Tell us a bit about Granada.
Eric: It's a beautiful, picturesque city that manages to blend the vibrant feel of metropolitan life with a more traditional, homey atmosphere. The city is an important historical landmark, and you can see the echoes of centuries of civilization in the architecture, the surrounding landscape, and the culture of the people. Having seen other cities in Spain, Granada is hands down my favorite, and I would highly recommend coming to this gem of a city. For those passing through Granada or looking to spend a semester there, here are a few things you can't miss:
- Café Bohémia, located near Plaza de los Lobos: it's a small jazz cafe that's bursting with character and serves a mean milkshake (dirty, of course).
- Mirador de San Nicolas: It's a tourist trap, but offers the best view of the Alhambra and the surrounding region; located in the Albaicin.
- El Genil: The river that runs through the eastern part of Granada; it's pretty and there's a path that runs along it, take a walk or a jog sometime and see how far you get!
- Good tapas bars: Bella y la Bestia (off of calle Elvira), Poe (close to Plaza de Gracia), Omkar Sum (close to Poe), Ecu (way out in the Zaidin, ask someone), El Espejo (also on Elvira). Also, trying schawarma is a must. The shops are everywhere, you can't miss them.
- Los Cahorros: Here is located a hiking trail that leads into and through some low mountains close to Granada. These paths are great for a day trip, and if you follow them up to the top of one of the hills, you can see for miles around.
Why did you decide to study abroad with IES?
Eric: I decided to go abroad with IES for a number of reasons. The breadth of courses offered was certainly a factor - courses are interesting, relevant, and excellently taught. More than that, I came for the immersion experience. IES boasts that as you study in a foreign land, you will change and a part of you will feel like you belong there. It definitely lives up to that reputation. The option to spend my months there in a homestay (among a Spanish family) was another aspect that impressed me with IES and, although a little daunting at first, ended up being the most rewarding experience imaginable. I also chose to go with IES because they're an accredited, respected study abroad organization with well-established practices and a good rapport with US colleges. This made registering through my university and transferring credits an almost painless process, which is not something to be overlooked.
What made this study abroad experience unique and special?
Eric: So many things made my experience overseas special. Part of it was the sights I got to see, hitting probably a dozen different cities in six countries. Part of it was the food I got to eat, because no one cooks like a Spanish mom. Part of it was the city itself, exploring the old neighborhoods of the Albaicin and Sacromonte, running across a new plaza after every turn, and generally just enjoying the sheer beauty of it all. Part of it was, of course, what I was learning, acquiring new knowledge from a new perspective and really opening my eyes to things that I had never thought of before.
The biggest part of it by far, though, was the people. On one hand are your classmates. In general, IES is good at choosing intelligent, kind people who are really passionate about studying abroad and want to make the most of their experience. I made some of the best friends I've ever had during my semester here. On the other hand are the locals, whether your teachers, your host family, or just other people in the city. Spaniards are, as a rule, super nice. There's a joke that the French will make fun of you if you're anything less than fluent in their language, while the Spanish will appreciate that you're trying; this is absolutely true, and it's really easy to talk to people and become part of their lives. My host mom will always be a second mom to me now, and the Spanish students I met were all awesome people who couldn't have been nicer. If for no other reason than that, if IES plopped you down in the middle of a desert island with these people, it would be worth going. You will meet people who will change your life and will forge lifelong friendships with people that you otherwise would have never known.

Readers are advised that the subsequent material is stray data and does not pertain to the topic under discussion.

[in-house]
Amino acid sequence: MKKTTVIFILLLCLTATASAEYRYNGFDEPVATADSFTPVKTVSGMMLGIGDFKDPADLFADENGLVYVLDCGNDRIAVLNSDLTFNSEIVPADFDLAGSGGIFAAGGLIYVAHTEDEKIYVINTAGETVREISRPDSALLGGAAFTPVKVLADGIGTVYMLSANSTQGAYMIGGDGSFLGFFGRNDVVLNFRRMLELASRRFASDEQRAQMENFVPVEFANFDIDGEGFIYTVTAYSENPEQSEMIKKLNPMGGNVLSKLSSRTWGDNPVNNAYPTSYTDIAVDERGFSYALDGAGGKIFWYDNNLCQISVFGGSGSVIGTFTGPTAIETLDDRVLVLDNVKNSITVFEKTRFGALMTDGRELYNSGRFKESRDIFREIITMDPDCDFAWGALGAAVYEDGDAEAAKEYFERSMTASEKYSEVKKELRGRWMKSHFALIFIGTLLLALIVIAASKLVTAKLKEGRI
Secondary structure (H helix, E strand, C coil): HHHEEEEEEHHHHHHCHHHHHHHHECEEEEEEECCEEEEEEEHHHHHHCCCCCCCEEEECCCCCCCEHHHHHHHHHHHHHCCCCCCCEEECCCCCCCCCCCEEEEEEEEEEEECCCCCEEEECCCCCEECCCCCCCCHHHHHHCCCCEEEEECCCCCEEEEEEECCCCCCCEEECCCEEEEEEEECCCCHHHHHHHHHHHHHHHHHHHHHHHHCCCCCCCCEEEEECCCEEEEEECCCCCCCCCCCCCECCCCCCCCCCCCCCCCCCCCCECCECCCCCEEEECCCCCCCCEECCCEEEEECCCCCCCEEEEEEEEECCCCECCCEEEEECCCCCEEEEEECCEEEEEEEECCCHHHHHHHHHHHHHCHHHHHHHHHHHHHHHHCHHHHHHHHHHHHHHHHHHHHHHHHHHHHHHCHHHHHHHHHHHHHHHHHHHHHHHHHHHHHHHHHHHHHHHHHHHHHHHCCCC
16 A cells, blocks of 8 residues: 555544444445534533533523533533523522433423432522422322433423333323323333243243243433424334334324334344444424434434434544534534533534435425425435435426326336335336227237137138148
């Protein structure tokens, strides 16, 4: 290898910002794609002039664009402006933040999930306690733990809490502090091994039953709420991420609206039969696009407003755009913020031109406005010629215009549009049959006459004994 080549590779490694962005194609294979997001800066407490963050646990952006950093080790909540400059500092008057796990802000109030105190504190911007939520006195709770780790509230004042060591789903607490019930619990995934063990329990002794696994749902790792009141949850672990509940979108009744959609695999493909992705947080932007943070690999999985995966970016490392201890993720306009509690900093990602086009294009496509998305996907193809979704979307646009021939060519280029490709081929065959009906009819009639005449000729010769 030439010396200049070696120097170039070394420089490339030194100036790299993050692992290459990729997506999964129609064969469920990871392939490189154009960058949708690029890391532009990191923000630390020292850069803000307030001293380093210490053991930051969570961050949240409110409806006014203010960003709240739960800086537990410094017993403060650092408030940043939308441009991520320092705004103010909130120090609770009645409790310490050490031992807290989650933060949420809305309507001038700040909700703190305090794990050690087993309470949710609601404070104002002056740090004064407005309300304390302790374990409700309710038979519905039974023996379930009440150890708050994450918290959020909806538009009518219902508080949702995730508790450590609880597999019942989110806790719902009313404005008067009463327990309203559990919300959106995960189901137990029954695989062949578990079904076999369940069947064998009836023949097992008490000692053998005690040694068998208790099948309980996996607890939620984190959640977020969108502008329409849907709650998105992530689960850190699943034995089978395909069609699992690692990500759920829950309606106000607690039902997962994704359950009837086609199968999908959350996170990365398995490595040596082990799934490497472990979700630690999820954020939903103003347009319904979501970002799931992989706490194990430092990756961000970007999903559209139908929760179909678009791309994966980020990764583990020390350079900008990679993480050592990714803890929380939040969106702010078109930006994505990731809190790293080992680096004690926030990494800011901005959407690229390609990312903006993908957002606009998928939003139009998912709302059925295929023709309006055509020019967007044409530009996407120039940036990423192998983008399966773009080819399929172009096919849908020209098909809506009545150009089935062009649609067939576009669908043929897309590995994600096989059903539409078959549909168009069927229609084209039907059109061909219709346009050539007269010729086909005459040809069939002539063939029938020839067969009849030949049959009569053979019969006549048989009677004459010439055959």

How has this experience impacted your future?
Eric: This experience has changed me in more ways than one, all of them good. Although I lived in a homestay and essentially had a mom to look after me, I was on my own a lot of the time and learned to function more or less as an adult in the city. I traveled to other places in small groups or occasionally by myself, and am now comfortable with looking after myself and adapting wherever I may go. Academically and culturally, my Spanish skills increased by leaps and bounds. I also feel that as a result of my time and studies abroad I have a much greater awareness of the world as a whole, as well as where my country and I individually stand in relation to it. I'm also a more confident person.
Intellectually, this experience has made me reevaluate my habits of living and my preconceptions about people, places, and regions. Sometimes you don't even realize you're thinking a certain way until you see it from a different angle. As an American, I had a very distinct worldview, one that was fairly limited and isolated. Americans tend to think we're the most important people living in the best country in the world. There are a lot of people out there, and we're only a small part of this world. That's something that's hard to see from here, but is all to clear in Spain, where people have their own problems and their own ways of life. Because of my time abroad, I think of myself not just as an American, but as a global citizen.